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1. Because the former expositions have been shewn to be unnatural, forced, or impertinent, and there is no other besides this assignable, 6.

2. Since Paul here uses David's very words, it is most probable that he used them in David's sense, 7.

3. The words descending and ascending are so put together in the text, that they seem to intend a summary account of Christ's whole transaction in man's redemption, which was begun in his conception, and consummate in his ascension, 7.

II. Christ's glorious advancement and exaltation, he ascended far above all heavens ; that is, to the most eminent place of dignity and glory in the highest heaven, 7.

III. The qualification and state of Christ's person, in reference to both conditions : he was the same. He that descended, &c. which evinces the unity of the two natures in the same person, 9.

IV. The end of Christ's ascension, that he might fill all things, 12. All things may refer here, 1. To the scripture-prophecies and predictions, 12. 2. To the church, as he might fill that with his gifts and graces, 12. Or 3, (which interpretation is preferred) to all things in the world, 12. which he may be said thus to fill in double respect.

1. Of the omnipresence of his nature, and universal diffusion of his godhead, 12.

2. Of the universal rule and government of all things committed to him as mediator upon his ascension, 14.

It now remains that we transcribe this into our lives, and by being the most obedient of servants, declare Christ to be the greatest of masters, 16.

SERMON II.

EPHESIANS iv. 10.

That he might fill all things. P. 17.
These words are capable of a threefold interpretation, 17.

1. All things may refer to the whole series of prophecies and predictions recorded of Christ in the scriptures, which he may be said to fulfil by his ascension, 17.

St. Paul vindicated against the Jews' charge of perverting the prophet's meaning in that eminent prediction, Psalm lxviii. 18, 18.

2. All things may refer to the church : which sense is here most insisted on, 19.

The church, from its very nature and constitution, has unavoidably a double need or necessity, which it is Christ's prerogative to fill, 20.

I. In respect of its government. Hereupon he gave some, apostles ; some, evangelists ; some, prophets ; some, pastors and teachers, 20.

2. In respect of instruction : for this Christ made a glorious provision by the diffusion of the Holy Ghost upon the apostles, 21. In which passage two things are observable :

1. The time when, 21. Which is remarkable in respect,

1. Of Christian religion itself, it being about its first solemn promulgation, 21.

2. Of the apostles. It was when they entered upon the full execution of their apostolic office, 22.

II. The manner how the Holy Ghost was conferred ; namely, in the gift of tongues, 25. And as these tongues were a proper representation of the gospel, so the peculiar nature and efficacy of this gospel was emphatically set forth by those attending circumstances of the fire and the mighty wind, both of which are notable for these effects; 1. To cleanse. 2. To consume and destroy, 26.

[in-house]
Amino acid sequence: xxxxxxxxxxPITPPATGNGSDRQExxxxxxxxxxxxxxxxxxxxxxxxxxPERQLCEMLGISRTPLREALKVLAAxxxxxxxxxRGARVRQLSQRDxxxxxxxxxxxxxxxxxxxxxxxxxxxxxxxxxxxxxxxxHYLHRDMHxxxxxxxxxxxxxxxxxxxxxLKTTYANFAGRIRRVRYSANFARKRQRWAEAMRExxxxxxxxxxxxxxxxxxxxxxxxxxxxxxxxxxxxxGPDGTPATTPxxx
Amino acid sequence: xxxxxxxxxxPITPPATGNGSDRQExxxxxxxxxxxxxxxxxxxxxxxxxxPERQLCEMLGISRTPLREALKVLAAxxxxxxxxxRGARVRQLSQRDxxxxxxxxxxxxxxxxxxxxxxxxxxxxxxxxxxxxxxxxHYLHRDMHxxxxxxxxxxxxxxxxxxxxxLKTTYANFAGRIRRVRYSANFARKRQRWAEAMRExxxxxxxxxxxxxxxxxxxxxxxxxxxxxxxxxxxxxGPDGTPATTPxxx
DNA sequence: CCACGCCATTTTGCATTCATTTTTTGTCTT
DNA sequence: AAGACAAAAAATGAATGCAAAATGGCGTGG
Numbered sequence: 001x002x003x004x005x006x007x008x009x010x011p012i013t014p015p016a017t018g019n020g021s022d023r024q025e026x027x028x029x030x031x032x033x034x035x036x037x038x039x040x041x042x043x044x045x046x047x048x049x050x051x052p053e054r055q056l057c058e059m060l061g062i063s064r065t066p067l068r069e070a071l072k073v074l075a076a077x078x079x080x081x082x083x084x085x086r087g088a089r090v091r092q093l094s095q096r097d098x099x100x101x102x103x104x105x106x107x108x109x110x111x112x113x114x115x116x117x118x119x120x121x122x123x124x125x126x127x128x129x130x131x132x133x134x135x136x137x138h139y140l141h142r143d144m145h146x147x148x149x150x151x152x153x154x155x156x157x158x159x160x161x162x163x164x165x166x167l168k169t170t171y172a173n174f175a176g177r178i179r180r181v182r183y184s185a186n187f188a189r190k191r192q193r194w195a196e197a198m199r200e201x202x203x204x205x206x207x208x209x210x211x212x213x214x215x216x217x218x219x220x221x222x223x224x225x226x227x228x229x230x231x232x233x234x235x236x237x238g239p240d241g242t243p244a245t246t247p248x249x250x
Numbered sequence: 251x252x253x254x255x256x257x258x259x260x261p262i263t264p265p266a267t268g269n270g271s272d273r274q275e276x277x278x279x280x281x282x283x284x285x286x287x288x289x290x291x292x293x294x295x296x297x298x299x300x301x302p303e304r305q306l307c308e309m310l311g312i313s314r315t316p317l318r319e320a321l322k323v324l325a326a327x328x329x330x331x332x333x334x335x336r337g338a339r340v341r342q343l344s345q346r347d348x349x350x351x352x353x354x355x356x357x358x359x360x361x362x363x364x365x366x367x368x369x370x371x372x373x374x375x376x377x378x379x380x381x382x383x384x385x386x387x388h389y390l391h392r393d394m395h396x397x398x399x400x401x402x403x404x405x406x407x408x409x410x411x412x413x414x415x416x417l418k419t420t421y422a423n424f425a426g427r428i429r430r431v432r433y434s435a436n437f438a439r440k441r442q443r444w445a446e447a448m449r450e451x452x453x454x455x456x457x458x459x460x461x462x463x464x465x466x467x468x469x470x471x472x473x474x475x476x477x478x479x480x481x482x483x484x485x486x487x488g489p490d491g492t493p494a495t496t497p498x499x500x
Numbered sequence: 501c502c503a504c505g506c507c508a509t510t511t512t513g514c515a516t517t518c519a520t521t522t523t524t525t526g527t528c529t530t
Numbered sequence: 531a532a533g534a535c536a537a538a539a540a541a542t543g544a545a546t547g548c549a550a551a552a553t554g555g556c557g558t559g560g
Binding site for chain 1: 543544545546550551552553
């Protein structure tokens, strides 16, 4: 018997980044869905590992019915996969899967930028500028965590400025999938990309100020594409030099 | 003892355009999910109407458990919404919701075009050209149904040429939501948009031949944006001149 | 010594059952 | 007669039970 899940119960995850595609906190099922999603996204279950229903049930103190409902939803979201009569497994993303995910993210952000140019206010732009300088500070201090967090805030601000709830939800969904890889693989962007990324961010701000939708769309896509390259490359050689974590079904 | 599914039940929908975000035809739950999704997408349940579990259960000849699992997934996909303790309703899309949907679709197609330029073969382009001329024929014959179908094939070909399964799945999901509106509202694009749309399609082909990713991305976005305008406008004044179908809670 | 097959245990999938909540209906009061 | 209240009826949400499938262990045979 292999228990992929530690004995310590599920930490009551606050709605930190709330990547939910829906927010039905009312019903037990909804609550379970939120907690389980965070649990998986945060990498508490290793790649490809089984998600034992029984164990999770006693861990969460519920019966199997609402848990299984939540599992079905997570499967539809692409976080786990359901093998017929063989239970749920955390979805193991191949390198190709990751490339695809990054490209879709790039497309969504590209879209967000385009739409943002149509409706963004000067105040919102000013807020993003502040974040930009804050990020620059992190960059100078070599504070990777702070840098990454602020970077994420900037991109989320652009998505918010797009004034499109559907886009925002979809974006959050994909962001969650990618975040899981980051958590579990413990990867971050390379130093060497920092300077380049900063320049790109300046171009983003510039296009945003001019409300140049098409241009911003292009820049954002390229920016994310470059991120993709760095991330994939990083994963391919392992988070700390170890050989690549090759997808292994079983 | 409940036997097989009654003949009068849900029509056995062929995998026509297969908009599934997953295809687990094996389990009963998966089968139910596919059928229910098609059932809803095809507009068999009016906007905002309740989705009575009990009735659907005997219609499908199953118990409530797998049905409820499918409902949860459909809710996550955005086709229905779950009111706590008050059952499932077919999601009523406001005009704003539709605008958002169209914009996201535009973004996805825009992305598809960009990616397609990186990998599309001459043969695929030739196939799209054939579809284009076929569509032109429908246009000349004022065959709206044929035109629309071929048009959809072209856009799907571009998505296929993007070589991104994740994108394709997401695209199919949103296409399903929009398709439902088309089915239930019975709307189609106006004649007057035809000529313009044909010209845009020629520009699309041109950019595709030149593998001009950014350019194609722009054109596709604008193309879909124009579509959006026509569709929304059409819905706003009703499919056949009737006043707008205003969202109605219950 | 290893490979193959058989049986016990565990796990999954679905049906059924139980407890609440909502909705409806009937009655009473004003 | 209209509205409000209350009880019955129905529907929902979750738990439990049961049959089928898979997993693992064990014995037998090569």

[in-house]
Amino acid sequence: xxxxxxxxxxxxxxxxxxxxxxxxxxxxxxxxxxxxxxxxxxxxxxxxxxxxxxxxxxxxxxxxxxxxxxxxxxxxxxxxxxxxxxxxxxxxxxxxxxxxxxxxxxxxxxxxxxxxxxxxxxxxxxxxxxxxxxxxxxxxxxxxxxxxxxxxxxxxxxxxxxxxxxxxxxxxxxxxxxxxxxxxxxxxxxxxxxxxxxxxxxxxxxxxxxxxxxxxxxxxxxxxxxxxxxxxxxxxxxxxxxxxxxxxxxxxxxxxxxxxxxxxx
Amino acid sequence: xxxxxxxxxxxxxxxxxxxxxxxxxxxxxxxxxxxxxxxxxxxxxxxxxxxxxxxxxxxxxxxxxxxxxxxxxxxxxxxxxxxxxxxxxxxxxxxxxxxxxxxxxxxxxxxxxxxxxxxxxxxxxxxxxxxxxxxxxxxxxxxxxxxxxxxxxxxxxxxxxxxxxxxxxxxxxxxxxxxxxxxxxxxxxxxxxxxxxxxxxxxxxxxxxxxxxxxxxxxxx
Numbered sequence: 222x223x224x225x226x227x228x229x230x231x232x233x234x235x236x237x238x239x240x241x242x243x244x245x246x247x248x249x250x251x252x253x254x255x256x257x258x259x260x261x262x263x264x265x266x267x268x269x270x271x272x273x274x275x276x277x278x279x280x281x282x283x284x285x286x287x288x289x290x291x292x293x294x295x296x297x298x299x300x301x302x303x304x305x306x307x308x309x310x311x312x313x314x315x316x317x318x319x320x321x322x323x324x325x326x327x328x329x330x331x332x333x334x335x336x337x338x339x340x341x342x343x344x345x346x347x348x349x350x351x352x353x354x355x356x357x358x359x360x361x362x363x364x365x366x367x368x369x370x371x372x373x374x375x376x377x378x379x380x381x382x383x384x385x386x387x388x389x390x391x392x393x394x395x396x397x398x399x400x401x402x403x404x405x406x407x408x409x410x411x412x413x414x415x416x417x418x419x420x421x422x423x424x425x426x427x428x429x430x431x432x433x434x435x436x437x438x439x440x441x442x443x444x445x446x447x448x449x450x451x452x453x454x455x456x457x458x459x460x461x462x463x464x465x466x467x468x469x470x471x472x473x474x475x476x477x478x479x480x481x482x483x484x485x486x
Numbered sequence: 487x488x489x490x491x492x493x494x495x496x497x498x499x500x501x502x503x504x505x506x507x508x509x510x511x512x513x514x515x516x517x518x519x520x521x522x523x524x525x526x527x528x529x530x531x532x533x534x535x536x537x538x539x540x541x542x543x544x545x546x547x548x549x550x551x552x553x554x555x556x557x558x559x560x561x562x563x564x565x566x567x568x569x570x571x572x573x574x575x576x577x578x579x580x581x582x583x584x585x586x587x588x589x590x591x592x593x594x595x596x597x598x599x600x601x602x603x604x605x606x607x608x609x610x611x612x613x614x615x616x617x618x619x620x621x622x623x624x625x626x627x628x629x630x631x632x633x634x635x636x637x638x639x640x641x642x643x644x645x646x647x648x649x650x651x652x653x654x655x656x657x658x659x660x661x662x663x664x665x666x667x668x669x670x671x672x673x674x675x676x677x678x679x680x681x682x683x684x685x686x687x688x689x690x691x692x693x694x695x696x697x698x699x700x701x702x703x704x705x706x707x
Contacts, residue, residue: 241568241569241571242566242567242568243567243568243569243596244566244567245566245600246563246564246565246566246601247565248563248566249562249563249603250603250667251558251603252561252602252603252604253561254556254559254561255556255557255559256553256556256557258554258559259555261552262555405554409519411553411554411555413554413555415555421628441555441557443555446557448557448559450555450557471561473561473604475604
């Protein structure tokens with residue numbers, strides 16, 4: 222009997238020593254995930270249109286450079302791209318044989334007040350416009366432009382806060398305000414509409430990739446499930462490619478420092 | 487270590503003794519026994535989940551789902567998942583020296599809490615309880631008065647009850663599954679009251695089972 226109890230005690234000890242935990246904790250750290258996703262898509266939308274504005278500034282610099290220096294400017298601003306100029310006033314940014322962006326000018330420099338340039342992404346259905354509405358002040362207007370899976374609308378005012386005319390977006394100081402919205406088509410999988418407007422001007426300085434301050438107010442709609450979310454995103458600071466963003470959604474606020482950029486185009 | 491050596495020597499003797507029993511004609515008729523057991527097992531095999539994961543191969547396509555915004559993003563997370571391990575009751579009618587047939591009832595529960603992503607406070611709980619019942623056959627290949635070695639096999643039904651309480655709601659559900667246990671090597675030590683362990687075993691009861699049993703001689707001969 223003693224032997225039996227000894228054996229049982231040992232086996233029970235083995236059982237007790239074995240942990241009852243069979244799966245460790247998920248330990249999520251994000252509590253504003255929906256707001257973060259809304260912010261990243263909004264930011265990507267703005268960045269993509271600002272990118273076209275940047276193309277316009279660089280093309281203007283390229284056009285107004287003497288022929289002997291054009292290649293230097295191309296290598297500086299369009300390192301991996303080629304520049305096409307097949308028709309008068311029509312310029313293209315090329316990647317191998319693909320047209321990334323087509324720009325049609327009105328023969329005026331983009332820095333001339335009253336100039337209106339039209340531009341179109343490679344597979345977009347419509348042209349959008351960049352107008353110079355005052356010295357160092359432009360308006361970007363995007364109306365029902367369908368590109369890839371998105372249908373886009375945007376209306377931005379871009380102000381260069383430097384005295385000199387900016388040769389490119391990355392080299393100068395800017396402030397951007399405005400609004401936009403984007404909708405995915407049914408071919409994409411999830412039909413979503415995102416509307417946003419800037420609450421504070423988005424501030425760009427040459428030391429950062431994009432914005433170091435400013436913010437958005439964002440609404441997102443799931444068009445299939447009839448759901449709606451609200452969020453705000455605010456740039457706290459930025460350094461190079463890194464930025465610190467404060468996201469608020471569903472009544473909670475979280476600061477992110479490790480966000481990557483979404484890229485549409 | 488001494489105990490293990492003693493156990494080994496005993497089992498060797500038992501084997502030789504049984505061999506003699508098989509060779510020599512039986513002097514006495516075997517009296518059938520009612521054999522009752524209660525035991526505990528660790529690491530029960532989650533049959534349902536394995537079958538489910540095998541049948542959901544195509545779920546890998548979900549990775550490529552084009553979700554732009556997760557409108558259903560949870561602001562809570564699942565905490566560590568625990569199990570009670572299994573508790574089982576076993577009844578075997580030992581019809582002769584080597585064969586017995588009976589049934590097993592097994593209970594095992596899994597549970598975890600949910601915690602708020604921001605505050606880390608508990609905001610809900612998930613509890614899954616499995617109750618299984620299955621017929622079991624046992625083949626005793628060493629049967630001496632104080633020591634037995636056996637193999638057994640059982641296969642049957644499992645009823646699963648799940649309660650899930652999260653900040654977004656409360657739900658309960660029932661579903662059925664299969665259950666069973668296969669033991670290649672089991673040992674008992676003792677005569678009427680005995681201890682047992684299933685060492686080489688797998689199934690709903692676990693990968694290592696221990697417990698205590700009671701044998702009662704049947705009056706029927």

SERMON III.

John ix. 4.
The night cometh, when no man can work. P. 28.
The sense of the text naturally lies in three propositions :

I. That there is a work appointed to every man to be performed by him, while he lives in the world, 28.

Man, as he is, 1. a part or member of the body politic, hath a temporal work, whereby he is to approve himself a good citizen, in filling the place of a divine, lawyer, &c., 29.

2. As a member and subject of a spiritual and higher kingdom, he has also a spiritual calling or profession of a Christian ; and the work that this engages him to is threefold, 31. 1. Making his peace with God, 31.

, 2. Getting his sins mortified, 31.

3. Getting his heart purified with the proper graces and virtues of a Christian, 34.

II. That the time of this life being once expired, there is no further possibility of performing that work, 36. The word by which the time of this life is expressed, viz. a day, may emphatically denote three things :

1. The shortness of our time, 36. 2. The sufficiency of it for our work, 36. 3. The determinate stint and limitation of it, 37.

III. That the consideration of this ought to be the highest argument for using the utmost diligence in the discharge of this work, 38. Which requires all our diligence; 1. From its difficulty, 38. 2. From its necessity, 39.

SERMON IV.

PREACHED AT THE CONSECRATION OF

DR. SETH WARD, BISHOP

OF

OXON.

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JEREMIAH xv. 20. I will make thee unto this people a fenced brasen wall: and they shall fight against thee, but they shall not prevail against thee : for I am with thee to save thee and deliver thee, saith the Lord. P. 42.

Presbytery, derived by some from Jethro, came first from Midian, an heathenish place, 42. Their elders are mentioned sometimes in the Old Testament, but their office not described, 42. A superintendency of bishops over presbyters may be argued from the superiority of the priests over the Levites, much better than they can found their discipline upon the word elder, 43. But if God instituted such a standing superiority and jurisdiction of the priest over the Levites, these two things follow :